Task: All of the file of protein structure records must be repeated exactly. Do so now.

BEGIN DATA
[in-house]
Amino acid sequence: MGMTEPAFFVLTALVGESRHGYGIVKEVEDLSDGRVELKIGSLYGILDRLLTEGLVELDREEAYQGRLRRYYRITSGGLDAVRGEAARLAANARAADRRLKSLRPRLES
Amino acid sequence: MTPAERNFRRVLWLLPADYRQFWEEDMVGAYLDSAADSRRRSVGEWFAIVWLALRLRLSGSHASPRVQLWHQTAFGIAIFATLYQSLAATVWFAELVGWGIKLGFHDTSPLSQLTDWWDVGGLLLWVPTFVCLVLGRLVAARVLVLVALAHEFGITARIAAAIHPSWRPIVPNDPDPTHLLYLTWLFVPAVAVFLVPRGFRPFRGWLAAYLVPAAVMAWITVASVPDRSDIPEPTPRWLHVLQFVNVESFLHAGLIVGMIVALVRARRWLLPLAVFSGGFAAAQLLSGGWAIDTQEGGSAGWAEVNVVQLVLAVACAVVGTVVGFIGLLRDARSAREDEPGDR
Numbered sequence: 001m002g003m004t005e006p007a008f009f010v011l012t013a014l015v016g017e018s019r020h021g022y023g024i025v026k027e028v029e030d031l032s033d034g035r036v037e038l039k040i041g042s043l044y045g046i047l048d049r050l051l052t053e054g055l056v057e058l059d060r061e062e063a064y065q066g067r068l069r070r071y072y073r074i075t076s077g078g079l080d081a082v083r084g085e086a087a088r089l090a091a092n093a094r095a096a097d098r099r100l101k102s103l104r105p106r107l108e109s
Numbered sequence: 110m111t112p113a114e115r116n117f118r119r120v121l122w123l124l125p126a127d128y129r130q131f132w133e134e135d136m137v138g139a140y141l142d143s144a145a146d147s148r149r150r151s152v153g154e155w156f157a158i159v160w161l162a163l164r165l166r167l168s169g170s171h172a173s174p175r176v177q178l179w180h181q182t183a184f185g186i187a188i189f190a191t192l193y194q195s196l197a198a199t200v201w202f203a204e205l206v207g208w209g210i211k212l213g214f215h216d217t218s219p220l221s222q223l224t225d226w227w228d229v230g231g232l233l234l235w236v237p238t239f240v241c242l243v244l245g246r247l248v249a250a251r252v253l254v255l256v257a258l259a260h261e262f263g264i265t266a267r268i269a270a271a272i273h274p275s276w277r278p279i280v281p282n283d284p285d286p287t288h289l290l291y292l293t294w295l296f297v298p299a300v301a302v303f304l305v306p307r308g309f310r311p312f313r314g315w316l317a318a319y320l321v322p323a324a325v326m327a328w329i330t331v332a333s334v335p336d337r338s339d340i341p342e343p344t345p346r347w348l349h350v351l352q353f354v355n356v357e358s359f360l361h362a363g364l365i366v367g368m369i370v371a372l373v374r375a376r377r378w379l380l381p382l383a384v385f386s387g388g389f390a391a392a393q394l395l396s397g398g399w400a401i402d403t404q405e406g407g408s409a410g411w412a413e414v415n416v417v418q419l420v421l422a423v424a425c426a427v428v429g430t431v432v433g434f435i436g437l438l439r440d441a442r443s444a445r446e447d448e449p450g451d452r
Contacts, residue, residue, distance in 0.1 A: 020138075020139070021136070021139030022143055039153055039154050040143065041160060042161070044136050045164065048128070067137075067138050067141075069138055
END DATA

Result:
[in-house]
Amino acid sequence: MGMTEPAFFVLTALVGESRHGYGIVKEVEDLSDGRVELKIGSLYGILDRLLTEGLVELDREEAYQGRLRRYYRITSGGLDAVRGEAARLAANARAADRRLKSLRPRLES
Amino acid sequence: MTPAERNFRRVLWLLPADYRQFWEEDMVGAYLDSAADSRRRSVGEWFAIVWLALRLRLSGSHASPRVQLWHQTAFGIAIFATLYQSLAATVWFAELVGWGIKLGFHDTSPLSQLTDWWDVGGLLLWVPTFVCLVLGRLVAARVLVLVALAHEFGITARIAAAIHPSWRPIVPNDPDPTHLLYLTWLFVPAVAVFLVPRGFRPFRGWLAAYLVPAAVMAWITVASVPDRSDIPEPTPRWLHVLQFVNVESFLHAGLIVGMIVALVRARRWLLPLAVFSGGFAAAQLLSGGWAIDTQEGGSAGWAEVNVVQLVLAVACAVVGTVVGFIGLLRDARSAREDEPGDR
Numbered sequence: 001m002g003m004t005e006p007a008f009f010v011l012t013a014l015v016g017e018s019r020h021g022y023g024i025v026k027e028v029e030d031l032s033d034g035r036v037e038l039k040i041g042s043l044y045g046i047l048d049r050l051l052t053e054g055l056v057e058l059d060r061e062e063a064y065q066g067r068l069r070r071y072y073r074i075t076s077g078g079l080d081a082v083r084g085e086a087a088r089l090a091a092n093a094r095a096a097d098r099r100l101k102s103l104r105p106r107l108e109s
Numbered sequence: 110m111t112p113a114e115r116n117f118r119r120v121l122w123l124l125p126a127d128y129r130q131f132w133e134e135d136m137v138g139a140y141l142d143s144a145a146d147s148r149r150r151s152v153g154e155w156f157a158i159v160w161l162a163l164r165l166r167l168s169g170s171h172a173s174p175r176v177q178l179w180h181q182t183a184f185g186i187a188i189f190a191t192l193y194q195s196l197a198a199t200v201w202f203a204e205l206v207g208w209g210i211k212l213g214f215h216d217t218s219p220l221s222q223l224t225d226w227w228d229v230g231g232l233l234l235w236v237p238t239f240v241c242l243v244l245g246r247l248v249a250a251r252v253l254v255l256v257a258l259a260h261e262f263g264i265t266a267r268i269a270a271a272i273h274p275s276w277r278p279i280v281p282n283d284p285d286p287t288h289l290l291y292l293t294w295l296f297v298p299a300v301a302v303f304l305v306p307r308g309f310r311p312f313r314g315w316l317a318a319y320l321v322p323a324a325v326m327a328w329i330t331v332a333s334v335p336d337r338s339d340i341p342e343p344t345p346r347w348l349h350v351l352q353f354v355n356v357e358s359f360l361h362a363g364l365i366v367g368m369i370v371a372l373v374r375a376r377r378w379l380l381p382l383a384v385f386s387g388g389f390a391a392a393q394l395l396s397g398g399w400a401i402d403t404q405e406g407g408s409a410g411w412a413e414v415n416v417v418q419l420v421l422a423v424a425c426a427v428v429g430t431v432v433g434f435i436g437l438l439r440d441a442r443s444a445r446e447d448e449p450g451d452r
Contacts, residue, residue, distance in 0.1 A: 020138075020139070021136070021139030022143055039153055039154050040143065041160060042161070044136050045164065048128070067137075067138050067141075069138055